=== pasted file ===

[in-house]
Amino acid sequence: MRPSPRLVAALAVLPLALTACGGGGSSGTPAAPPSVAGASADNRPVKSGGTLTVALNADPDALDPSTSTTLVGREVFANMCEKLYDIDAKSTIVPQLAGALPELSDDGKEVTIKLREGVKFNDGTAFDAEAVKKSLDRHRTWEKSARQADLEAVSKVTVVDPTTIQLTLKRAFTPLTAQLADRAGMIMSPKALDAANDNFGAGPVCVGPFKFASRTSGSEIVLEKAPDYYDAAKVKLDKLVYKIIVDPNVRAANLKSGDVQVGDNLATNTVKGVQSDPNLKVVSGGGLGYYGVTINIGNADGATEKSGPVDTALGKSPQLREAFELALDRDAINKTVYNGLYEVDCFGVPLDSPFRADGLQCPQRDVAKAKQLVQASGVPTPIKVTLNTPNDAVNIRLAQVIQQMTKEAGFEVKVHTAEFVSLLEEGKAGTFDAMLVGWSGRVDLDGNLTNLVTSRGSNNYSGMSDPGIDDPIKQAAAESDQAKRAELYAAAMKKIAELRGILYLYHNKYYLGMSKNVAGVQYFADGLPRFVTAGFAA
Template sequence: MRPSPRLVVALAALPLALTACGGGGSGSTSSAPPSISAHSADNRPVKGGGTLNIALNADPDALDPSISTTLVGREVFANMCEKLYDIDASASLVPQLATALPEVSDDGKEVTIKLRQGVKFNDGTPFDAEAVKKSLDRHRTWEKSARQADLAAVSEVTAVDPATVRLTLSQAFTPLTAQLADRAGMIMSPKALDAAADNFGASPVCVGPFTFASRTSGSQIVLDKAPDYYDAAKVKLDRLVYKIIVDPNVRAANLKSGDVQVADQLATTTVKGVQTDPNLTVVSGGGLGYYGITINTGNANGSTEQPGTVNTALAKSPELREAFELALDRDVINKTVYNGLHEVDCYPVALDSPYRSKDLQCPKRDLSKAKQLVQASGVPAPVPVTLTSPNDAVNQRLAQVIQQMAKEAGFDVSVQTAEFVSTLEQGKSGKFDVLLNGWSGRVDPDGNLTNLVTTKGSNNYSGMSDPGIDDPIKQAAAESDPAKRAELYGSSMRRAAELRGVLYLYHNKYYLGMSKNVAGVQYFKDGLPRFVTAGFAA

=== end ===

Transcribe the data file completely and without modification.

[in-house]
Amino acid sequence: MRPSPRLVAALAVLPLALTACGGGGSSGTPAAPPSVAGASADNRPVKSGGTLTVALNADPDALDPSTSTTLVGREVFANMCEKLYDIDAKSTIVPQLAGALPELSDDGKEVTIKLREGVKFNDGTAFDAEAVKKSLDRHRTWEKSARQADLEAVSKVTVVDPTTIQLTLKRAFTPLTAQLADRAGMIMSPKALDAANDNFGAGPVCVGPFKFASRTSGSEIVLEKAPDYYDAAKVKLDKLVYKIIVDPNVRAANLKSGDVQVGDNLATNTVKGVQSDPNLKVVSGGGLGYYGVTINIGNADGATEKSGPVDTALGKSPQLREAFELALDRDAINKTVYNGLYEVDCFGVPLDSPFRADGLQCPQRDVAKAKQLVQASGVPTPIKVTLNTPNDAVNIRLAQVIQQMTKEAGFEVKVHTAEFVSLLEEGKAGTFDAMLVGWSGRVDLDGNLTNLVTSRGSNNYSGMSDPGIDDPIKQAAAESDQAKRAELYAAAMKKIAELRGILYLYHNKYYLGMSKNVAGVQYFADGLPRFVTAGFAA
Template sequence: MRPSPRLVVALAALPLALTACGGGGSGSTSSAPPSISAHSADNRPVKGGGTLNIALNADPDALDPSISTTLVGREVFANMCEKLYDIDASASLVPQLATALPEVSDDGKEVTIKLRQGVKFNDGTPFDAEAVKKSLDRHRTWEKSARQADLAAVSEVTAVDPATVRLTLSQAFTPLTAQLADRAGMIMSPKALDAAADNFGASPVCVGPFTFASRTSGSQIVLDKAPDYYDAAKVKLDRLVYKIIVDPNVRAANLKSGDVQVADQLATTTVKGVQTDPNLTVVSGGGLGYYGITINTGNANGSTEQPGTVNTALAKSPELREAFELALDRDVINKTVYNGLHEVDCYPVALDSPYRSKDLQCPKRDLSKAKQLVQASGVPAPVPVTLTSPNDAVNQRLAQVIQQMAKEAGFDVSVQTAEFVSTLEQGKSGKFDVLLNGWSGRVDPDGNLTNLVTTKGSNNYSGMSDPGIDDPIKQAAAESDPAKRAELYGSSMRRAAELRGVLYLYHNKYYLGMSKNVAGVQYFKDGLPRFVTAGFAA